Mastering Plantar Heel Pain In Athletes
Plantar heel pain is one of the most common maladies we see in podiatric practice. Patients learn on their first visit that the symptoms usually respond to conservative treatment over a six- to 12-week timeframe, although some individuals may take six to 12 months to be totally pain-free. Athletes may have difficulty accepting the fact that they may have lingering pain over six to 12 months. Not only may the athlete be upset, one may also draw the ire of the coach, athletic trainer, agent or parent. When treating an athlete with plantar heel pain, podiatrists must understand the mechanism of injury, the biomechanical demands of the sport, shoe gear and playing surface, the age of the athlete and the psychosocial effect of the sport on the athlete. Plantar heel pain among athletes is usually due to overuse and poor biomechanics. However, traumatic causes such as slipping off a curb when running or a baseball player coming down too hard on first base can occur. Excessive pronation is often associated with plantar heel pain, although it can occur in the supinated or pes cavus foot. Muscle strength imbalance and muscle tightness have also been indicated as causes of plantar heel pain. Other possible contributing factors to plantar heel pain include loss of the plantar fat pad with advancing age, increased body weight or hard playing surfaces.1,2
Essential Keys To A Thorough Examination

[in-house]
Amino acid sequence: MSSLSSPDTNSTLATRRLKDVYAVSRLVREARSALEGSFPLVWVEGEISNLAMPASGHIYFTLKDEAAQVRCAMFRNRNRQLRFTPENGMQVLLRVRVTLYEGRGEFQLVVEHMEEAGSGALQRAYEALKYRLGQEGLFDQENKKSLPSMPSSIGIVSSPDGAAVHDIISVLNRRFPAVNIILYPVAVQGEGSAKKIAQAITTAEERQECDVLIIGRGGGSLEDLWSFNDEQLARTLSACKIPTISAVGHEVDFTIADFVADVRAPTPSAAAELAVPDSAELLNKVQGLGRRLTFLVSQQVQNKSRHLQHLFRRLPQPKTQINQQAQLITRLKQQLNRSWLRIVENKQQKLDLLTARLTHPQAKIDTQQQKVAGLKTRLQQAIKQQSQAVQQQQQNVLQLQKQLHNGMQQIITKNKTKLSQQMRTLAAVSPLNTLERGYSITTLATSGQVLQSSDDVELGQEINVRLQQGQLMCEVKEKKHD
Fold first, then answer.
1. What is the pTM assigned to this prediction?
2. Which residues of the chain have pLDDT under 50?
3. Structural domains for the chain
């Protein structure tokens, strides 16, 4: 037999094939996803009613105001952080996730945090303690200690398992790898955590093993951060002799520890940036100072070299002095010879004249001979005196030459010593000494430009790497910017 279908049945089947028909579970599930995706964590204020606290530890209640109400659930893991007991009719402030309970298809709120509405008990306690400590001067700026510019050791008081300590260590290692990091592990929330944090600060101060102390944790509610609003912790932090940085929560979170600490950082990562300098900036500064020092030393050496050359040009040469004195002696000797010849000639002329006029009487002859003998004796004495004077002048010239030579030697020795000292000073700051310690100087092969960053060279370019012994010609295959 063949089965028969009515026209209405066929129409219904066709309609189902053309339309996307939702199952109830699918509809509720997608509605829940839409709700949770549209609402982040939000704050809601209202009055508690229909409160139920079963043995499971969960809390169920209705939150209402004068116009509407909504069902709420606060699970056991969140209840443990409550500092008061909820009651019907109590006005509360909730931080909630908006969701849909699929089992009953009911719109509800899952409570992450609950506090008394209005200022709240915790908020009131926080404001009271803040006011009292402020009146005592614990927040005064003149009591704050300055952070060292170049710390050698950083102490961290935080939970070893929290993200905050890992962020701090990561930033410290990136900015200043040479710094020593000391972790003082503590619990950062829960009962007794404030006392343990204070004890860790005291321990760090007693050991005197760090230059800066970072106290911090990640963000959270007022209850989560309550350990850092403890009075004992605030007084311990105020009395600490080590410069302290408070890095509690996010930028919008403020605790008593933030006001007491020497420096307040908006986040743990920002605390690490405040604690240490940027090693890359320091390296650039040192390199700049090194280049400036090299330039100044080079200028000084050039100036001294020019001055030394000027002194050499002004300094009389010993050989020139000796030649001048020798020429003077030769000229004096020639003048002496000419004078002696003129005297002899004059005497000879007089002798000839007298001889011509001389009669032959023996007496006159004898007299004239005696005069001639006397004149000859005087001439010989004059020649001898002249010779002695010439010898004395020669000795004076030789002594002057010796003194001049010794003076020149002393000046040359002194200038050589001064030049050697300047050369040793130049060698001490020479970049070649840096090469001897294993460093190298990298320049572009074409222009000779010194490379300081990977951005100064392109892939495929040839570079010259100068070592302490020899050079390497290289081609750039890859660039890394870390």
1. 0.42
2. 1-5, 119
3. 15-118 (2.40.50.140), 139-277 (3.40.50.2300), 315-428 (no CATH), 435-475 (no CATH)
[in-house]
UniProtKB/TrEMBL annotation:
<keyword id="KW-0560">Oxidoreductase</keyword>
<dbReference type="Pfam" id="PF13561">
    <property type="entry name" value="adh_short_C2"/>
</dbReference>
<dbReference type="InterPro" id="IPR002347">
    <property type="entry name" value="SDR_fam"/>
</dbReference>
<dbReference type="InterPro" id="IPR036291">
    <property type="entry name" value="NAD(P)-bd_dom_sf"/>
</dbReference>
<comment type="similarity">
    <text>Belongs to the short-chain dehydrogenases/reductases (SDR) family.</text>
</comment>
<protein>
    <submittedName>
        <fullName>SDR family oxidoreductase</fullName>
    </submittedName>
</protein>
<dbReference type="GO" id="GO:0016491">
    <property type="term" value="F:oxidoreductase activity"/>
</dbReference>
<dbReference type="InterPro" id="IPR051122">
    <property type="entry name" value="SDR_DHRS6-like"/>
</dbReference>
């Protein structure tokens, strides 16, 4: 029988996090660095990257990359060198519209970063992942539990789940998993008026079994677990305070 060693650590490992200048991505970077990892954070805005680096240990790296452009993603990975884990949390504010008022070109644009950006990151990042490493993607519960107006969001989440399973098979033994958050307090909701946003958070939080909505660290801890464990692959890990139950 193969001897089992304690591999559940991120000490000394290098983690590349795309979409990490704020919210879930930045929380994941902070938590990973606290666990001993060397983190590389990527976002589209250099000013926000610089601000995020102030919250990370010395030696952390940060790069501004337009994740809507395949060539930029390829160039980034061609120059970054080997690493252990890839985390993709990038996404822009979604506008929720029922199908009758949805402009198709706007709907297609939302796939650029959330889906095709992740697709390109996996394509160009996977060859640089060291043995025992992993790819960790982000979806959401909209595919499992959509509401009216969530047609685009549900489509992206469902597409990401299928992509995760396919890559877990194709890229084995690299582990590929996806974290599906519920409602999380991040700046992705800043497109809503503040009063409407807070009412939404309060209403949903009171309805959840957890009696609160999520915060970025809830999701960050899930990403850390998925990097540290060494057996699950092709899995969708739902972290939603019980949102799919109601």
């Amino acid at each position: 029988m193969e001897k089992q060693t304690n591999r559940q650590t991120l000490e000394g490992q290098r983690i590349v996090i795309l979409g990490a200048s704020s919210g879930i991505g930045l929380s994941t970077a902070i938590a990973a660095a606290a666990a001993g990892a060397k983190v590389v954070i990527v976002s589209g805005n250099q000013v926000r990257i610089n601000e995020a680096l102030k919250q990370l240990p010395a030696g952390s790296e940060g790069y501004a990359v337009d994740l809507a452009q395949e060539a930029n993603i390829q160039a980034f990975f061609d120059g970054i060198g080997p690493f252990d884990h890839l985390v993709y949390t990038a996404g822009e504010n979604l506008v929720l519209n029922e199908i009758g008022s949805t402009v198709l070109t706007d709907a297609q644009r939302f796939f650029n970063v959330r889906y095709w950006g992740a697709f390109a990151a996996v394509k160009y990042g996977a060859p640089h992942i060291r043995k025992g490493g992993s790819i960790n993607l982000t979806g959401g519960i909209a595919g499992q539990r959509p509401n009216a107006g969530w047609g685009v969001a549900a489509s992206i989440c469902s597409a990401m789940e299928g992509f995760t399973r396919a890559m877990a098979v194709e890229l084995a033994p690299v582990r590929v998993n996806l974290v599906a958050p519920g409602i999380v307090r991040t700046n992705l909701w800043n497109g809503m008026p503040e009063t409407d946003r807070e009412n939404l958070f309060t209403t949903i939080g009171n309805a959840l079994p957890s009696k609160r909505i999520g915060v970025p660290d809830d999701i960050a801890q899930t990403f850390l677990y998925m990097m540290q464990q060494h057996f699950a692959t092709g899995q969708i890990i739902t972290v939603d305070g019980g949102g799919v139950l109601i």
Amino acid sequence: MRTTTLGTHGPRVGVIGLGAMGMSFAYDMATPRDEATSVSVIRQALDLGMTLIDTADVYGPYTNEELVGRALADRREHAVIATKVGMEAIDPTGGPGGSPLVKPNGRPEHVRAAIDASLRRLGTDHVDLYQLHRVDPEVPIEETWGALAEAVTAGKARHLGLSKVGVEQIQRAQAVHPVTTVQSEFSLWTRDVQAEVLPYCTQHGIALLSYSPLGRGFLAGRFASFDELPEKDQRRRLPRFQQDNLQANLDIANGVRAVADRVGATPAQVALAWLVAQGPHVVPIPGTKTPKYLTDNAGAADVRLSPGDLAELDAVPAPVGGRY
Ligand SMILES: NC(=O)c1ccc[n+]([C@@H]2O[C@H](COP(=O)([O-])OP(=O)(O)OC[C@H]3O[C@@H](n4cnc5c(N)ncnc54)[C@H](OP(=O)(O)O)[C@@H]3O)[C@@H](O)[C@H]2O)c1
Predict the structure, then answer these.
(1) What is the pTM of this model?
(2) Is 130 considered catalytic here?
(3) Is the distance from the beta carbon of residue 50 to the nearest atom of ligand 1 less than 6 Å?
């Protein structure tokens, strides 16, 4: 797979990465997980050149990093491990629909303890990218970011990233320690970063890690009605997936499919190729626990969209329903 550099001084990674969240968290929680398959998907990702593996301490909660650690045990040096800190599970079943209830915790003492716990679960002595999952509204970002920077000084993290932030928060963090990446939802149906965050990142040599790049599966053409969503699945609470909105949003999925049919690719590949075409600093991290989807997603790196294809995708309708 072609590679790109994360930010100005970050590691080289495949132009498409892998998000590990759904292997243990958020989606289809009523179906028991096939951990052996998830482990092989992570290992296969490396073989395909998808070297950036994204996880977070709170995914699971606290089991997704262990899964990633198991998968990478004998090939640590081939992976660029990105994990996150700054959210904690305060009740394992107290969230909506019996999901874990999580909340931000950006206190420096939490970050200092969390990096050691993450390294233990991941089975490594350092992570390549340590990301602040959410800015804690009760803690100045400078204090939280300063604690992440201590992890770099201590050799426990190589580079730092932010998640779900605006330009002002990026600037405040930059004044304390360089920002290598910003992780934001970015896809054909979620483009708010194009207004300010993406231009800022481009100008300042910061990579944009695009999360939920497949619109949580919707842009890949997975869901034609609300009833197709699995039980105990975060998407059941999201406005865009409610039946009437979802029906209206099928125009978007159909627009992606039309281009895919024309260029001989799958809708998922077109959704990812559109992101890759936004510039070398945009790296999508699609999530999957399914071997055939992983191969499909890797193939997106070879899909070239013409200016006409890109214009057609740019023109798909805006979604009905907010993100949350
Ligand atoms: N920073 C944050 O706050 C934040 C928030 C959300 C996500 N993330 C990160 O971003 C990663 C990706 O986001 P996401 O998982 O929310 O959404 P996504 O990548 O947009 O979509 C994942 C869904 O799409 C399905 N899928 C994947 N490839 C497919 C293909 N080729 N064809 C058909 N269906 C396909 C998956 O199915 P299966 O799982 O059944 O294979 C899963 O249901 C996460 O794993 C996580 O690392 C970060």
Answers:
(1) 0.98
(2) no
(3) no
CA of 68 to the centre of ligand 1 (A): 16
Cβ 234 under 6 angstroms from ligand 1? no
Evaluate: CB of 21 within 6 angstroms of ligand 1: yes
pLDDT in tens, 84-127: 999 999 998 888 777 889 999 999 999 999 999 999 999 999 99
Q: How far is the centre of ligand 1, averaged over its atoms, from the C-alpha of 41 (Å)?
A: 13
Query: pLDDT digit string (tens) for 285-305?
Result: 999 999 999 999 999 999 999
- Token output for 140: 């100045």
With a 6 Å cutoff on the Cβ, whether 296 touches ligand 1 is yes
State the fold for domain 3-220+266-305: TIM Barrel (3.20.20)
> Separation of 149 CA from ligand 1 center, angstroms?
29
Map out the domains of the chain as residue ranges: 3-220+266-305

When working with students and residents, I tell them 90 percent of the time they can diagnose a patient’s problem if they listen to the patient and actually touch the patient. Obtaining a thorough patient history and performing a comprehensive physical examination are vitally important when treating athletes. In addition to determining whether there is a family history of heel pain, the patient history should document the type of shoes the patient wears for sports and for everyday wear, the type of surfaces the patient trains and plays on, and whether there have been any recent changes in training. One should also ascertain whether the patient has experienced a recent weight gain, and note any previous injuries and prior treatment. Clinicians should ask the patient what aggravates the injury. Does it feel worse with shoes on or off? Is it painful after rest? Does the patient have worse pain the more he or she is on their feet? Does the pain intensity increase as the patient bears weight? Does the patient’s heel pain result in swelling that occurs throughout the day? We should also find out what, if anything, makes the foot feel better. One should conduct the physical examination in a systematic manner, evaluating nerves, muscle strength, range of motion and the location of pain. Palpate or tap the peripheral nerves around the ankle to see if there is shooting pain. Proceed to palpate the posterior tibial nerve and sural nerves more thoroughly to see if this elicits pain. Then palpate the superior and inferior aspect of the abductor hallucis muscle to see if this elicits pain from the plantar or calcaneal nerves. Test muscle strength on both feet and record the strength along with any pain. Check the range of motion for the ankle, subtalar, midtarsal and first MTP joints as well as the hamstrings. Pain location may be the most important part of the examination. Does the patient have medial plantar pain only or does the patient’s pain extend to the middle and lateral aspect of the heel? Is there pain with side to side compression or with palpation of the medial calcaneal nerves at the same time? Does the pain occur just with palpation of the medial wall of the calcaneus or does he or she experience pain with palpation of both the medial and lateral walls? Is the pain located around the edges or rim of the calcaneus? One should also compress the calcaneus from the posterior to anterior manner. Compression pain could indicate a stress fracture. Proceed to evaluate the biomechanics of the athlete. I typically start a non-weightbearing evaluation by looking for the forefoot to rearfoot relationship. Then I have the patient stand as I determine the patient’s foot type, the position of the calcaneus and tibial varum. I proceed to watch the patient walk with and without shoes from the back, front and sides. Finally, I will try to watch the athlete in the sport or have him or her try to duplicate his or her movements in the sport. It is also helpful to look at the shoes and any insoles patients may have been wearing in order to detect any excessive or abnormal wear patterns.